‘I see (the defendants) as vulgar, anti-establishment, antisocial and unpragmatic, but none of those things are indictable’ – Robert Schultz (Prosecutor), The Trial of Chicago 7.
After its release on Netflix, The Trial of the Chicago 7 was the second-most watched movie on the streaming service. And it’s no wonder why – this legal drama is so jam-packed with history, colourful characters and systematic bias that it somehow makes your blood boil and causes you to stifle laughter at the same time. In this blog we’re focusing on something that the defendants in this trial were denied, but which anyone who encounters the legal system should be given: a fair go.
The movie follows the trial of seven defendants: Abbie Hoffman, Jerry Rubin, Tom Hayden, Rennie Davis, David Dellinger, Lee Weiner and John Froines. (Initially Bobby Seale, a co-founder of the Black Panther Party, was the eighth defendant in the case.) The defendants were arrested for their role in planning the protests at the Democratic National Convention in Chicago in 1968 and charged with crossing state lines to incite violence and for conspiracy to do so.
The defendants’ case was lost from the beginning. Judge Julius Hoffman, who presided over the case, consistently demonstrated bias against the defendants – striking the defence lawyer’s cross-examinations from the record, removing sympathetic jurors and prohibiting the jury from hearing testimony from key witnesses. The film concludes without delivering a verdict, but history tells us that the 7 were found not guilty of conspiracy, while five of the defendants (all but Weiner and Froines) were found guilty of crossing state lines to incite a riot. Judge Hoffman also sentenced each of the defendants and their lawyers to jail time for contempt of court.
In 1972 the United States Court of Appeals for the Seventh Circuit overturned all the convictions, on the basis that Judge Hoffman demonstrated bias.
- A fabricated charge
After the Convention, President Johnson’s Attorney General (Ramsey Clark) discouraged an indictment, concluding that the violence during the Convention was initiated by the Chicago Police. When Nixon took office, and John Mitchell became the Attorney General, the narrative conveniently changed to suit an indictment. In short: these men were never guilty of what they were charged with, until a political power decided it was time to make an example of them.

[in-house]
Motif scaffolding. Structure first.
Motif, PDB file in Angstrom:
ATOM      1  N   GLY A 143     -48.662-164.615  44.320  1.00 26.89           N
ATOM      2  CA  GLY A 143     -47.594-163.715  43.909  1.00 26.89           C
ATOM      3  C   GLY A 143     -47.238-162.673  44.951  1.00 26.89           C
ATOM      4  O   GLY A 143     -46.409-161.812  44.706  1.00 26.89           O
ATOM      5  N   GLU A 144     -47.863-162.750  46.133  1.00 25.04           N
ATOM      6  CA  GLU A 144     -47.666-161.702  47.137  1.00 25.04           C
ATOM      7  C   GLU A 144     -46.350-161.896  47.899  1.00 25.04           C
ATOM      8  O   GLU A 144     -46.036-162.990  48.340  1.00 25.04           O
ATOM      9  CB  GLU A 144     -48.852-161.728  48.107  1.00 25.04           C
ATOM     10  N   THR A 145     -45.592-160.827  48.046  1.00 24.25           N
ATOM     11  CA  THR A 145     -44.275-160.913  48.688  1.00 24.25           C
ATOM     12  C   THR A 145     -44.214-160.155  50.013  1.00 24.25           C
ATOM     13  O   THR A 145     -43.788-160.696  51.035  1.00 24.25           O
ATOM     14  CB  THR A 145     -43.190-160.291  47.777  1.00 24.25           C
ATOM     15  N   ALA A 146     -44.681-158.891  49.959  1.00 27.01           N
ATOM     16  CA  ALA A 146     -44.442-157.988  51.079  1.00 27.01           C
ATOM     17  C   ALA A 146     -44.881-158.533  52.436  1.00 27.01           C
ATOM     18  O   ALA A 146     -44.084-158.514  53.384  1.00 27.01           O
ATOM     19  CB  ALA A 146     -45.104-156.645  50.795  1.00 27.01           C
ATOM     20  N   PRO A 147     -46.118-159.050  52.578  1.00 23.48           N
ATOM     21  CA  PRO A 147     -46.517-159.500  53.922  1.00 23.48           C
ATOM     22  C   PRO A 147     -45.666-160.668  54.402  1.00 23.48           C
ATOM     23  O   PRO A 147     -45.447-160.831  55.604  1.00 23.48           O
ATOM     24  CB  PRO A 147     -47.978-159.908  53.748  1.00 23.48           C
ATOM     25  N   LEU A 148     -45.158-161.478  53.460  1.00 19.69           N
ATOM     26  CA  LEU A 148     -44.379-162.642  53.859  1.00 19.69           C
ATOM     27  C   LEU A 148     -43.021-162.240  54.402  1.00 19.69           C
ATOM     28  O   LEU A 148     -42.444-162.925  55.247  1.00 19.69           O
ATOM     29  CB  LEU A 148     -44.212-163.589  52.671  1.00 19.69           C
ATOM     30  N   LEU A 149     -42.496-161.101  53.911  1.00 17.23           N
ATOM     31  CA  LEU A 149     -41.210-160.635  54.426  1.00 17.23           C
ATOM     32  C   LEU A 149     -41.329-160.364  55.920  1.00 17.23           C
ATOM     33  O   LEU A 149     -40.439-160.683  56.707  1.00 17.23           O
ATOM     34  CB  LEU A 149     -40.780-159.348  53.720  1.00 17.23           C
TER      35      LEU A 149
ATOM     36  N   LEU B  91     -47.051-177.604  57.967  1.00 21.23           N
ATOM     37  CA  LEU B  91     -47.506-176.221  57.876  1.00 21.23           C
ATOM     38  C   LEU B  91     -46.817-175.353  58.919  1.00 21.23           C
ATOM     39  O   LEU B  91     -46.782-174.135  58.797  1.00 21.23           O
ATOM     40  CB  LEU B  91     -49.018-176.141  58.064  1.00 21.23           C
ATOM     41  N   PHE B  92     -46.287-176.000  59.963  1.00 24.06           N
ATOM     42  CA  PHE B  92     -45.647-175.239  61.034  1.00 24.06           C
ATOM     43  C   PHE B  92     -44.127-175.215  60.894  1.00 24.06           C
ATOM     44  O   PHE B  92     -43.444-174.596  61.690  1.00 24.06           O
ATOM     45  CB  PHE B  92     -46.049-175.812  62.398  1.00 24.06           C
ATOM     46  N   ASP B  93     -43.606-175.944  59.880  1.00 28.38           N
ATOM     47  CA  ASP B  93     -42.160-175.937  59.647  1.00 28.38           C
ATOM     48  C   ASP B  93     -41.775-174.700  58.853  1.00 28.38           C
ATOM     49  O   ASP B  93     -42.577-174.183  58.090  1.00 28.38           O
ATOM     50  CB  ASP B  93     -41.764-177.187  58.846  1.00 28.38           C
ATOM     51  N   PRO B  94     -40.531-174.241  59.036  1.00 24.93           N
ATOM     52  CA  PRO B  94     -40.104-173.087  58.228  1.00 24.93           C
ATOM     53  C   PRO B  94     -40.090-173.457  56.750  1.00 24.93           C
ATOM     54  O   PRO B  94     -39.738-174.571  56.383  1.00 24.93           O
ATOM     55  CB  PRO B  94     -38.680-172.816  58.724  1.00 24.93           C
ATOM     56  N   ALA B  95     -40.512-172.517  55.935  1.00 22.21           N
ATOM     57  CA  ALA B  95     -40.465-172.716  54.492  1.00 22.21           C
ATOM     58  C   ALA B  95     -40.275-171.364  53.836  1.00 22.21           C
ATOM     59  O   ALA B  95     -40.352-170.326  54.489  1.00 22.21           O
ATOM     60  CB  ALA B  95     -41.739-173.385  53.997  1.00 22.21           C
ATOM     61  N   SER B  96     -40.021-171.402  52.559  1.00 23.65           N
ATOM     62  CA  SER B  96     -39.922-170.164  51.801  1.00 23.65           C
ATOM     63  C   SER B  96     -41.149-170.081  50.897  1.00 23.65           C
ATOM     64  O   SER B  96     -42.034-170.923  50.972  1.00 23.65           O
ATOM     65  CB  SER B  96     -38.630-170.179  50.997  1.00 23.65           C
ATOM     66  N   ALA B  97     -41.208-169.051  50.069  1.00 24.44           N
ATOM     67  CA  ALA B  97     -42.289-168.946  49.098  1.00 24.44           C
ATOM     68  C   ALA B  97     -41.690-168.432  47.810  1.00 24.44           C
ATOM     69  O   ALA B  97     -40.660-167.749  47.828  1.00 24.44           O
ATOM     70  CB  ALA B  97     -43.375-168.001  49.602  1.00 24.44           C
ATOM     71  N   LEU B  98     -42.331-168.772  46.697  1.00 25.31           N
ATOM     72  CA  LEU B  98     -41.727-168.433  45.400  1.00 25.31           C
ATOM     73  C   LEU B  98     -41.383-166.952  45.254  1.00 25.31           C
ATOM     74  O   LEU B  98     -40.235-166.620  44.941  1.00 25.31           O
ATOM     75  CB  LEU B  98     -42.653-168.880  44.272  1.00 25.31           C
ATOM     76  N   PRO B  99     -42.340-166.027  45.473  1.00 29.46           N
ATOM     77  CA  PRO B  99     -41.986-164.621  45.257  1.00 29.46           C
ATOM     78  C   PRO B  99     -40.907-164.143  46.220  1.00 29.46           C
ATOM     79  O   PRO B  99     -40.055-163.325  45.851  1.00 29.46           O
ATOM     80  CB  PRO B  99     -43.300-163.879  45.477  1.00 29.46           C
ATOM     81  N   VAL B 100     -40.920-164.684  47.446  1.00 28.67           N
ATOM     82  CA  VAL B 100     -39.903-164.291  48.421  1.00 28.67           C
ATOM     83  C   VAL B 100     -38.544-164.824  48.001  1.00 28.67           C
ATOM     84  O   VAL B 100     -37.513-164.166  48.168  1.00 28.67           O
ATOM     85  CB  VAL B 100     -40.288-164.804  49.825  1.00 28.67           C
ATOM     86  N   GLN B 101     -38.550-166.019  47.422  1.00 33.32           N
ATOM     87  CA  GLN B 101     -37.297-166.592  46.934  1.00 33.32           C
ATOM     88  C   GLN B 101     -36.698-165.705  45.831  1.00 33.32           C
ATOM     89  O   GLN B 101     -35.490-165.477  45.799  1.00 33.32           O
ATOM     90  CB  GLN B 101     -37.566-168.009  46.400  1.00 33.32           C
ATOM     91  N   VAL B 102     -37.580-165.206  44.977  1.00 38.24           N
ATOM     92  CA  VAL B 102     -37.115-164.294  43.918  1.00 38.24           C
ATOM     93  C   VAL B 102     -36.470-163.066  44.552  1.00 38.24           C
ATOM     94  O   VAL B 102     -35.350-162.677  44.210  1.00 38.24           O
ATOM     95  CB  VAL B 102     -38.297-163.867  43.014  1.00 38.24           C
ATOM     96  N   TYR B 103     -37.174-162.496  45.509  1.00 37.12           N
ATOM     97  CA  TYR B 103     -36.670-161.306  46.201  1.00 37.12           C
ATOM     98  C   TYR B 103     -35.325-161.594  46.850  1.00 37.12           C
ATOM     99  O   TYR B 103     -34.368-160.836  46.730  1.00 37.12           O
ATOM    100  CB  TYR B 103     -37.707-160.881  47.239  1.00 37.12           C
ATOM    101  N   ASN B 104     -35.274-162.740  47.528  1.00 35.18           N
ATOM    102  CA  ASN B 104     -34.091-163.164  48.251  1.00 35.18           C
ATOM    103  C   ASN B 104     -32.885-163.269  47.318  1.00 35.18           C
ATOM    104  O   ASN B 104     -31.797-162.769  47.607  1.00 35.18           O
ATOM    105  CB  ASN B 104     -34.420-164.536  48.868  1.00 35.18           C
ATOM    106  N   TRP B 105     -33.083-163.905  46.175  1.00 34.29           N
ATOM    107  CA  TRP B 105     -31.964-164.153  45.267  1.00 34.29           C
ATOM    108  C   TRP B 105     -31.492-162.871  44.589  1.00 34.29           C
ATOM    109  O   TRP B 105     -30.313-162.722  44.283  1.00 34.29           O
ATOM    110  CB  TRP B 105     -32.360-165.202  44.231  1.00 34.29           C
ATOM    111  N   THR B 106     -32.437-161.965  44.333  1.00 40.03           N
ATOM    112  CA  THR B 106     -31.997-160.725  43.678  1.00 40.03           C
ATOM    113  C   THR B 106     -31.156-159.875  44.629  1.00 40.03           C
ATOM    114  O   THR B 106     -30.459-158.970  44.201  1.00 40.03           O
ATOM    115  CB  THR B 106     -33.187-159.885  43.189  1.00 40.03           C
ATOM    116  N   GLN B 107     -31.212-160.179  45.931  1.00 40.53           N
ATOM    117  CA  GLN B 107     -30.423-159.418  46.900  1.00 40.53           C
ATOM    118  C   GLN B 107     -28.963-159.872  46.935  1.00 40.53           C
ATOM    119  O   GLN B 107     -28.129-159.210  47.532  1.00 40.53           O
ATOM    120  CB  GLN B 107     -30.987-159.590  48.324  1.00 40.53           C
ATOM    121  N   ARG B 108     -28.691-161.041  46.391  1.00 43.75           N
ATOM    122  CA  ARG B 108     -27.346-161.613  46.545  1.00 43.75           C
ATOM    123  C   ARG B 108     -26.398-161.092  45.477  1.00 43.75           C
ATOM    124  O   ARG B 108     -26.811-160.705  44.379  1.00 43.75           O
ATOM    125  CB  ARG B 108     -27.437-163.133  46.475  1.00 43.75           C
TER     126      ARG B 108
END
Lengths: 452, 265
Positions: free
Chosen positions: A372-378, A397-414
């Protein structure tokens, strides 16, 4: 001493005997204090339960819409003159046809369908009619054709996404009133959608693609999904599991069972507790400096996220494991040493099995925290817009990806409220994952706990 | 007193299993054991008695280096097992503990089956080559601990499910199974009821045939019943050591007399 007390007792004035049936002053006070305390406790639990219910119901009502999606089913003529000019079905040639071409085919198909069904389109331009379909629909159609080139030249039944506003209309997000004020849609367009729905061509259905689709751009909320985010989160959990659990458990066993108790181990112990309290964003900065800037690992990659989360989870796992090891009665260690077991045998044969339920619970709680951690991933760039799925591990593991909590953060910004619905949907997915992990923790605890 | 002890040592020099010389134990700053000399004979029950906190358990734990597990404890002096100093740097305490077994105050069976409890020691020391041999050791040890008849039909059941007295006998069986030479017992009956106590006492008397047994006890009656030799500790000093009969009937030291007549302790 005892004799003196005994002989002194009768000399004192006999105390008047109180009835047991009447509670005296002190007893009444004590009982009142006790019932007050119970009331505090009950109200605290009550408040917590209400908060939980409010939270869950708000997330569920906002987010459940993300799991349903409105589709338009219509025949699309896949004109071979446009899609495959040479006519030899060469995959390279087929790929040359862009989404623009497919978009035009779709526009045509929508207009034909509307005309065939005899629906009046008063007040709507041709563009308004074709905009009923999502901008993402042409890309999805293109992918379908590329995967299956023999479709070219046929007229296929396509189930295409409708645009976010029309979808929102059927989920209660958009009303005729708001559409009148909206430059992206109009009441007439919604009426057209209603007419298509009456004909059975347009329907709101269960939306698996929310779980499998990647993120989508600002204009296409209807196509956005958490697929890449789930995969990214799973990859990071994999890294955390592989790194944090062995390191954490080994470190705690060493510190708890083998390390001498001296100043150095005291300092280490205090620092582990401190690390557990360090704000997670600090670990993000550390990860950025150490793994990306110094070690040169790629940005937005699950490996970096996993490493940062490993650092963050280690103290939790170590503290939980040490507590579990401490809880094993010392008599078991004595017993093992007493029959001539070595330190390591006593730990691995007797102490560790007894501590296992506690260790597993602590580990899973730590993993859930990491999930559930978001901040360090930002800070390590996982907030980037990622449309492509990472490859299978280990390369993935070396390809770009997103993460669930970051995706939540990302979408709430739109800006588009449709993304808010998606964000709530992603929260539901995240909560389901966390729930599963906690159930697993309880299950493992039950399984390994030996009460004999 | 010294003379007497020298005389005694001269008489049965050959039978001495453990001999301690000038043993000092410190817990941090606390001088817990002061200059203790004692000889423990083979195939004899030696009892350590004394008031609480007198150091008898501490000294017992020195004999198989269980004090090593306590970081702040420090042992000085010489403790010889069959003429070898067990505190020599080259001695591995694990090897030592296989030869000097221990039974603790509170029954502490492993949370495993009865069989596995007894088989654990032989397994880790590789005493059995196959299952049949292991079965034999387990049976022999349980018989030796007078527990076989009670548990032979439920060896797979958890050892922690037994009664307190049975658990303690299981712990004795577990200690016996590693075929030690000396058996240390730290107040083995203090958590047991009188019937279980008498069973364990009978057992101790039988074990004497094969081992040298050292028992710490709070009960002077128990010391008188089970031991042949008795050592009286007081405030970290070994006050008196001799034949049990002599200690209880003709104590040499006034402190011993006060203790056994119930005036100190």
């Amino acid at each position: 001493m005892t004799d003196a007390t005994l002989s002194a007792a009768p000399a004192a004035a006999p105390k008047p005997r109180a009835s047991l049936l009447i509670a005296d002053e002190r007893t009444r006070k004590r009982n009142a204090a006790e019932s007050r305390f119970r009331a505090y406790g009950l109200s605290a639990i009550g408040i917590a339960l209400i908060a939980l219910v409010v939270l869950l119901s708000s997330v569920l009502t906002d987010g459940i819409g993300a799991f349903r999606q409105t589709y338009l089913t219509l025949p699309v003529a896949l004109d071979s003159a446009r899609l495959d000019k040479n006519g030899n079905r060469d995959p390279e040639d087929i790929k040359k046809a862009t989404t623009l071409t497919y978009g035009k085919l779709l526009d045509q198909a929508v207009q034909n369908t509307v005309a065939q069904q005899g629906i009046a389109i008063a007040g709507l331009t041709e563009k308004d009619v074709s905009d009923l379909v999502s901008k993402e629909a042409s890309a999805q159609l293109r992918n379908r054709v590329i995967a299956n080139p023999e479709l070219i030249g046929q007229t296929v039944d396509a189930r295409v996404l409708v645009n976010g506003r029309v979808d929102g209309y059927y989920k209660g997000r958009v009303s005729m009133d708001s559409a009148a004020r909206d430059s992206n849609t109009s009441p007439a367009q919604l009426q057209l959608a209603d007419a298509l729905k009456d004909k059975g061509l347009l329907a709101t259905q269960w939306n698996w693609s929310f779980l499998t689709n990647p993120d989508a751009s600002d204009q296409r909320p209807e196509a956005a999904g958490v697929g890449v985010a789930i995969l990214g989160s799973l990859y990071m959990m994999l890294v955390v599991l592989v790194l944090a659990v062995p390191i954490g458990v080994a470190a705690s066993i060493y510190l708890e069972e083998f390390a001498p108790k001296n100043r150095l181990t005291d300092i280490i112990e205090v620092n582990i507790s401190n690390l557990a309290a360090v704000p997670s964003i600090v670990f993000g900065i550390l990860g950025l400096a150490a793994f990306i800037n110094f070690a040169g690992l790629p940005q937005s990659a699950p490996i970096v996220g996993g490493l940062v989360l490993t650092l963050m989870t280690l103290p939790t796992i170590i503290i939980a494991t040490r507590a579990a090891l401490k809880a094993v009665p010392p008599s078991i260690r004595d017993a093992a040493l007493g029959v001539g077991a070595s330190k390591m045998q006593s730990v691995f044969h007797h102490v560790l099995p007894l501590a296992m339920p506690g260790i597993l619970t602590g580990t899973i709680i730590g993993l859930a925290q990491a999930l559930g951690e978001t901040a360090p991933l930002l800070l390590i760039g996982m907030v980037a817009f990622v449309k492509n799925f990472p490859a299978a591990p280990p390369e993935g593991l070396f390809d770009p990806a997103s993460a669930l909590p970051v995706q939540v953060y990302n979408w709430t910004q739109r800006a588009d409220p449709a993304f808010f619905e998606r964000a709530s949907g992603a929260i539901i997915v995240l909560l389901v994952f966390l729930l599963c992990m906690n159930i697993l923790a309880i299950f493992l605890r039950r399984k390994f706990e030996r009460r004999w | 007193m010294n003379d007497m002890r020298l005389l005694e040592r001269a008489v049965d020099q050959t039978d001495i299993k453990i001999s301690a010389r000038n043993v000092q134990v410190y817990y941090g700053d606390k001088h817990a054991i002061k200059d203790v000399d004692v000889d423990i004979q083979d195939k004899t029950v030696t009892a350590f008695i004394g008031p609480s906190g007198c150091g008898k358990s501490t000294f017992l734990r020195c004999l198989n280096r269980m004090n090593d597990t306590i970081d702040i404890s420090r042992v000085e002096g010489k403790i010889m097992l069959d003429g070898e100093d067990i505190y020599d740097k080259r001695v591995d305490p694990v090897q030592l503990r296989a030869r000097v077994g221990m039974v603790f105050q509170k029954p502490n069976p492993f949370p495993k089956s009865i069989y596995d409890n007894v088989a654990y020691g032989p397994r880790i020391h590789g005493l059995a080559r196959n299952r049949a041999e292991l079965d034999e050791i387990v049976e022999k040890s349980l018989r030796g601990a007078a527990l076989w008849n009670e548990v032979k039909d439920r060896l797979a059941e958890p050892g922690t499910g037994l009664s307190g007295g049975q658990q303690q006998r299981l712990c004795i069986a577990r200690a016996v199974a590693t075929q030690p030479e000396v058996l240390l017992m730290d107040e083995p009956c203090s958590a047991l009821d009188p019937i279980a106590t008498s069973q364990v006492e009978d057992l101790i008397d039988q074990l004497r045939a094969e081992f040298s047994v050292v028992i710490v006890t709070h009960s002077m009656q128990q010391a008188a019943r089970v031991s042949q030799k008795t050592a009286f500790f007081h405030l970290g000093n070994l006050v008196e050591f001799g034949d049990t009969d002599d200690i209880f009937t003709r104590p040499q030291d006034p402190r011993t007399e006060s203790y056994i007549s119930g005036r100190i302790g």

- Judge Hoffman’s bias
Aside from this fabricated charge against the defendants, the biggest concern is Judge Hoffman’s bias. Hoffman, who was later withheld from presiding over cases due to acting abusively and erratically, ruled consistently in the prosecution’s favour and effectively prevented the defendants from a fair trial. The stand-out example is Hoffman’s treatment of defendant Bobby Seale.
- Judge Hoffman’s treatment of Bobby Seale
It’s not clear (legally) why Bobby Seale was tried at all. Seale did not take part in the protests. As for the claim that he had committed conspiracy with his co-defendants, Seale had never met most of those defendants before the trial.
When the trial began, Seale’s lawyer Charles Garry was in hospital undergoing gallbladder surgery. A motion was made to delay the trial until Garry was fit to represent Seale, and was denied. Seale entered the courtroom without legal representation. Judge Hoffman maintained that Seale could use William Kunstler as his attorney (Kunstler represented the other defendants). Seale, who wanted to make clear the distinction from his actions and the other defendants, refused Kunstler’s representation. He argued instead to represent himself – which Judge Hoffman denied. The trial continued without any legal representation for Seale, who was eventually bound and gagged to his seat for his continual attempts to represent himself.
That’s right. Judge Hoffman actually ordered that Seale was bound and gagged when all Seale was trying to do was enact a fair trial. Eventually, after pressure from both the prosecution and the defence, Judge Hoffman severed Seale’s case from the others, declaring it a mistrial.
There’s also a lot viewers can take away from The Trial of the Chicago 7. Outrage and frustration at a fundamentally corrupt justice system, shock at the glaring racism that underpins the trial, and concern over the parallels between 1968 America and the Western world in 2020.
For us, the movie highlights a simple fact of our legal system: everyone deserves a fair go. This means a chance to have legal representation (note that in Australia defendants are not entitled to legal representation, though efforts should be made to ensure access to a lawyer), a chance for defence lawyers to make their case, and judges who respect due process and the right to a fair trial.
For assistance with a criminal law matter, contact Green & Associates on +1 (02) 8080-7585 so we can help advise you of the best course of action.